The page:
Breeding Science
Online ISSN : 1347-3735
Print ISSN : 1344-7610
Research paper
End Sequencing and Chromosomal in silico Mapping of BAC Clones Derived from an indica Rice Cultivar, Kasalath
Satoshi KatagiriJianzhong WuYukiyo ItoWataru KarasawaMichie ShibataHiroyuki KanamoriYuichi KatayoseNobukazu NamikiTakashi MatsumotoTakuji Sasaki
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2004 Volume 54 Issue 3 Pages 273-279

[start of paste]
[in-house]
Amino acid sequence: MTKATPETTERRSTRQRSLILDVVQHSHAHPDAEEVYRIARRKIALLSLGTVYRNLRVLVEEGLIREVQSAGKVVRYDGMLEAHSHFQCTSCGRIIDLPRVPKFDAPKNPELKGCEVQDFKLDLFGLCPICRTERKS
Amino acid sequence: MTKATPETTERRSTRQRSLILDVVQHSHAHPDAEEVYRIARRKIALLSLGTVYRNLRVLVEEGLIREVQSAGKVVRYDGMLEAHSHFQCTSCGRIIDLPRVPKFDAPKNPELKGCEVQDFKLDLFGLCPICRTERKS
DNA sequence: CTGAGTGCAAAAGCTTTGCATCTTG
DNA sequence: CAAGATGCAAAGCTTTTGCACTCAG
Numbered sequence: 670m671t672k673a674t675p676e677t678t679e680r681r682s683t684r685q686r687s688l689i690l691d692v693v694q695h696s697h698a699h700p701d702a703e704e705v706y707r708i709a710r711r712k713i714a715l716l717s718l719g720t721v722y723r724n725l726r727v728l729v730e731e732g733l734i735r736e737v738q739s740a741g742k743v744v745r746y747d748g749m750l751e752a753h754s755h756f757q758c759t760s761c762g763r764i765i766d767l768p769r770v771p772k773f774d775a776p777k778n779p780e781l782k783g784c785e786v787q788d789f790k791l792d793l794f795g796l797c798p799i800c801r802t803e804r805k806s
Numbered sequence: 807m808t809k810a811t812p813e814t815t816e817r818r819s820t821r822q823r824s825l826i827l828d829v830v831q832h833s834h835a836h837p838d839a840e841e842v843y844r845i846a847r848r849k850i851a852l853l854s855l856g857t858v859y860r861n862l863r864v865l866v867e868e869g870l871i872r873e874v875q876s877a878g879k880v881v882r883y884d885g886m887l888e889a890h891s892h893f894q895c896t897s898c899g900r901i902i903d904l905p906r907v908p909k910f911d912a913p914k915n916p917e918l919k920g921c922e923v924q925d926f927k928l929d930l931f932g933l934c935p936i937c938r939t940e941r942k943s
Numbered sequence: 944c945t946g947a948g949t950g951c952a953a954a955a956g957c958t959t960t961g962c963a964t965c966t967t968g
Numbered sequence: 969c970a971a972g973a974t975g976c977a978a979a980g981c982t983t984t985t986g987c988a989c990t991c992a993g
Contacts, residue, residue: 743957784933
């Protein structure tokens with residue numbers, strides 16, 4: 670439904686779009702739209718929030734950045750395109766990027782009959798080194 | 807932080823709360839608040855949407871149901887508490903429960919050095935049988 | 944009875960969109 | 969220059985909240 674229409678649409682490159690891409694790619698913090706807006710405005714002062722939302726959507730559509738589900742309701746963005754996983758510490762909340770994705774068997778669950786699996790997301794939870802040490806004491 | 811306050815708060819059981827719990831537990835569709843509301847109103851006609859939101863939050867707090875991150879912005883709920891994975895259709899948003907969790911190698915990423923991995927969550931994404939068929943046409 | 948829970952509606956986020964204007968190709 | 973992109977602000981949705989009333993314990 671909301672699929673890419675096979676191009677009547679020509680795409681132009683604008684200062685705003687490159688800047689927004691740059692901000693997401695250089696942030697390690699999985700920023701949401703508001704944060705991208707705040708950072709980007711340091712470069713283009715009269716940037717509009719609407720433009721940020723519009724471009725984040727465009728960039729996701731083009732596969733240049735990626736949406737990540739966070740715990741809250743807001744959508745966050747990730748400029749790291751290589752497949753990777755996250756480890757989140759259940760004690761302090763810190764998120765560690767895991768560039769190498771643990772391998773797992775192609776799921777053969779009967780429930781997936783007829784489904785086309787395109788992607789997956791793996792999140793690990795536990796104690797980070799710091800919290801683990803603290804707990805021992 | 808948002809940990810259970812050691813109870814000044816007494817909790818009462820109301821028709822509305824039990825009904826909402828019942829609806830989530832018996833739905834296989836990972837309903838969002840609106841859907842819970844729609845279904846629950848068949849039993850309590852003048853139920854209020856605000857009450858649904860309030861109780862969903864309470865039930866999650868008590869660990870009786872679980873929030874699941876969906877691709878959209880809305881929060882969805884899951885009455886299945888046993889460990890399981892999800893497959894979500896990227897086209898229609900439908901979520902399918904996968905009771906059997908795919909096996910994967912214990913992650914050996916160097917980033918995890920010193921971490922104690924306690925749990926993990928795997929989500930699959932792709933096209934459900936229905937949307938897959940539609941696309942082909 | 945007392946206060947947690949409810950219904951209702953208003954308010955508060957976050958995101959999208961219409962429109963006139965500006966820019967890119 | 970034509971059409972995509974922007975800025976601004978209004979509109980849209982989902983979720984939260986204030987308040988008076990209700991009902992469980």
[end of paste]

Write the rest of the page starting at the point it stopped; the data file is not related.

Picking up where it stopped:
To investigate the molecular basis for the phenotypic diversity and evolutionary relationships within Oryza sativa, we performed large-scale end sequencing and chromosomal in silico mapping (mapping by sequence homology) of rice BAC (bacterial artificial chromosome) clones derived from an indica rice cultivar, ‘Kasalath’. In total, 78,427 high-quality BAC-end sequences (BESs) showing an average read-length of 482 bp with a total of 37.8 Mb of genomic sequences were obtained from 47,194 BAC clones. After removal of those BESs containing repetitive sequences and use of the high-quality genomic sequence of the japonica rice cultivar ‘Nipponbare’ as a reference standard, 12,170 clones with paired BESs were mapped in silico to the 12 chromosomes. These clones consisted of 450 contigs and showed a total physical length of 308.5 Mb, indicating a coverage of the rice genome of about 80%. Confirmation of the chromosomal positions of the Kasalath BAC clones mapped on chromosome 1 using specific DNA markers revealed that the map accuracy was extremely high: at least 94.8%. In general, the genomic composition and structure of all the chromosomes were highly conserved between the two subspecies. However, we still found evidence suggesting the existence of different components in the genome of the two subspecies within large chromosomal fragments, especially on chromosomes 11 and 12. Extensive analysis of the genomic sequences of Nipponbare and Kasalath revealed a frequency of 0.71% for single nucleotide polymorphisms (SNPs) and 1.23 sites per kilobase for indels (1–16 bp length), respectively. The BAC-based Kasalath map could become an invaluable resource, not only for the isolation of genes, but also for conducting extensive analyses of genomic sequences for comparative genomic studies within or between species.

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